Cell and gene therapies (CGT) are at the forefront of healthcare innovation, with the potential to transform the current therapy toolbox. Indeed, highly personalised (autologous) CAR T-cell therapies have dramatically changed the treatment landscape, achieving partial or, in a significant number of cases, long-lasting full remission for patients with blood cancers. However, while CAR T-cell therapies have shown remarkable efficacy for the treatment of specific haematological malignancies, broad clinical use is limited by multiple factors, including high manufacturing costs and significant side effects. Moreover, treatment of patients with solid tumours has thus far failed to demonstrate clinical benefit, with antigen heterogeneity, limited infiltration into tumour tissue and (especially) T cell exhaustion/loss of function, negatively impacting clinical outcomes. In this regard, CAR T-REX aims to explore a novel paradigm for the generation of improved CAR T-cells. By combining non-viral gene delivery with precise genome editing of T cell autoregulatory pathways, CAR T-REX proposes a strategy to overcome the mechanisms by which solid tumours (and the immunosuppressive TME) “switch off” the anti-tumour immune response, potentially extending the utility and safety of current CAR T technologies.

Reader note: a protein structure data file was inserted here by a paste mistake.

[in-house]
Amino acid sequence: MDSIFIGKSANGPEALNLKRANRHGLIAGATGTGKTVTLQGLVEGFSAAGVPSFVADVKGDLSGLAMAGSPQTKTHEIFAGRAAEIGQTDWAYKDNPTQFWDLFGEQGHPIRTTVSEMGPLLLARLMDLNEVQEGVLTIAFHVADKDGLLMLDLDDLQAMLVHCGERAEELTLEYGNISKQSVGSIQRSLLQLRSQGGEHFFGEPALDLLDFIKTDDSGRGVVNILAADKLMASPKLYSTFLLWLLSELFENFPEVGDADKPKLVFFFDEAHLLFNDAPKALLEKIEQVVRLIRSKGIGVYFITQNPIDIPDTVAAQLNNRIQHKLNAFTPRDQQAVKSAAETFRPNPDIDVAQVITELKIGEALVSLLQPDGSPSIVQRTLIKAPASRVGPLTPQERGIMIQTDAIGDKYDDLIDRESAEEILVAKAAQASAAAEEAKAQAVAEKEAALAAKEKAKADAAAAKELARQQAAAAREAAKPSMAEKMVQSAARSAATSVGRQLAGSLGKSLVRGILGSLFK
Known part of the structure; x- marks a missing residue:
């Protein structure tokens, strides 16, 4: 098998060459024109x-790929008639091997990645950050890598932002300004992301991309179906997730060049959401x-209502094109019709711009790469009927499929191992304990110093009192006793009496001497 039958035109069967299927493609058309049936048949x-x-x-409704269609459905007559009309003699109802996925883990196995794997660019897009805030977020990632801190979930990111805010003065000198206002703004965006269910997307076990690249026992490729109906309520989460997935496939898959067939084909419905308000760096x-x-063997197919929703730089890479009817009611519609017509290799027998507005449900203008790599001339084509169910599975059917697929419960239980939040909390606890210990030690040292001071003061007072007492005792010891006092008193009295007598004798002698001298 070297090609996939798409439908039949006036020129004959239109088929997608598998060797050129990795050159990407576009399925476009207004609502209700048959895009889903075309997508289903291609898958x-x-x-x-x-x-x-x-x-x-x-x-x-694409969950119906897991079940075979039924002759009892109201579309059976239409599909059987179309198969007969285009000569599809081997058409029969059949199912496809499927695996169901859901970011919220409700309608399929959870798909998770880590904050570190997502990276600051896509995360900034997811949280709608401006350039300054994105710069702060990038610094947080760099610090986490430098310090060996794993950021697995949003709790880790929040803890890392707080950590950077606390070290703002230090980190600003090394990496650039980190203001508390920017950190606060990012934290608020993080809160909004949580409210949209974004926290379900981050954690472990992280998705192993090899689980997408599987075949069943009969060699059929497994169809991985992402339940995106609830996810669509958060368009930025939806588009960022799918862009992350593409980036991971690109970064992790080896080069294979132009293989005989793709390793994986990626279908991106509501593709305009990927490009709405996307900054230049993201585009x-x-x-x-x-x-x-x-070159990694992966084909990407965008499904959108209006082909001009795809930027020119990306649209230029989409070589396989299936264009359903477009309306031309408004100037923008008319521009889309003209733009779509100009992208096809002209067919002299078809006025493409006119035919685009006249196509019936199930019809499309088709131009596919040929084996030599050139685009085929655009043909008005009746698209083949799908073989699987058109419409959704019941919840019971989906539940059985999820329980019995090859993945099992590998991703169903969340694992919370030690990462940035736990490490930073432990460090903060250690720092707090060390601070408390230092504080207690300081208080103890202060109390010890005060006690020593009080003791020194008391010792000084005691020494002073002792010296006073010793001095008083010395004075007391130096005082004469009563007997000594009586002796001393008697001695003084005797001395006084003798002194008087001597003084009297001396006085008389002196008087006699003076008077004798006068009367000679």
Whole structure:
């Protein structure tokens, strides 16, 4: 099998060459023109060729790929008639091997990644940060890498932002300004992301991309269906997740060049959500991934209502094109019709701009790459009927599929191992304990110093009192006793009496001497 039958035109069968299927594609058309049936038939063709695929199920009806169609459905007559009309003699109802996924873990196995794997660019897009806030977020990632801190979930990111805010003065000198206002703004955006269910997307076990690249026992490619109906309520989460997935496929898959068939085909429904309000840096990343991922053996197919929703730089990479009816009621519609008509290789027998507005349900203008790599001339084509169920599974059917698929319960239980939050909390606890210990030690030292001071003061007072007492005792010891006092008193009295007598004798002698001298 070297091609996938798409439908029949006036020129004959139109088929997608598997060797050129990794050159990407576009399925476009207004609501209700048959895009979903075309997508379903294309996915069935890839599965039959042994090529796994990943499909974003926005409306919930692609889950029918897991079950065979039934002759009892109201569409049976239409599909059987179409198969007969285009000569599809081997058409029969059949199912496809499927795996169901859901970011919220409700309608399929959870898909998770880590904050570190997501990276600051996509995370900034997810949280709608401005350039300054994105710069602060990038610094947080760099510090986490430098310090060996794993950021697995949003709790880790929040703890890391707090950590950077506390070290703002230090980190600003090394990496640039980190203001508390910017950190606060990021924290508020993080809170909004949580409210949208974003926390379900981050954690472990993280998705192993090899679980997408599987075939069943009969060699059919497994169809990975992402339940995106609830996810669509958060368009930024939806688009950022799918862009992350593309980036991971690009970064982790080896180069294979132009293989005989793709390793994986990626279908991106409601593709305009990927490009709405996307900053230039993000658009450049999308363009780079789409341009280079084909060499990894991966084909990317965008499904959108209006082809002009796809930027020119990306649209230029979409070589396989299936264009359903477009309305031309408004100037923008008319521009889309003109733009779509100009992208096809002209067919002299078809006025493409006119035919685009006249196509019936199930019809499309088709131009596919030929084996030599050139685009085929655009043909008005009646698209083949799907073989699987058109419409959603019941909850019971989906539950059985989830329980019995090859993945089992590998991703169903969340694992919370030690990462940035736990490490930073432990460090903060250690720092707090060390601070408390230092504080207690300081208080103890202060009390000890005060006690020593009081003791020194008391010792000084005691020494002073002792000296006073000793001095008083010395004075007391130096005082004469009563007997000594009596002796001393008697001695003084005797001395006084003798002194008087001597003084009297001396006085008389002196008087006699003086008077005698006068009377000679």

The team at USC (Marisa Juanes and Alberto Fuertes) and CiQUS Principal Investigator Javier Montenegro, who are developing the gene delivery platform TraffikGene®, hosted the meeting in Santiago de Compostela. Marisa Juanes explains: “Welcoming the CAR T-REX consortium to CiQUS was a remarkable experience. The assembly not only highlighted the collaborative spirit among our distinguished members but also set the stage for groundbreaking advancements in CAR T-cell therapies”. Alberto Fuertes highlights: “The synergy and commitment displayed by all participants are truly inspiring. We are proud to contribute to this pivotal project that aims to advance cancer treatment.”

Rui A. Sousa, CEO of Stemmatters & Coordinator, explains:
“The General Assembly of the CAR T-REX project facilitated important scientific discussions to maximise the impact of the consortium to tackle the treatment of solid tumours. During the next phase of the project, we will be working together to integrate the partners’ technology and expertise into the development of a novel CAR T-cell therapy.”

The consortium comprises three (3) academic and two (2) industrial partners from four (4) European countries and Israel. CAR T-REX is led by Stemmatters (Portugal), a regenerative medicine CDMO with expertise in the development and manufacturing of cell therapies under current Good Manufacturing Practice (cGMP). The company will adopt Quality-by-design (QbD) and risk assessment methodologies during product/process development, while leveraging its scientific and regulatory know-how to ensure a faster clinical translation of the CAR T-cell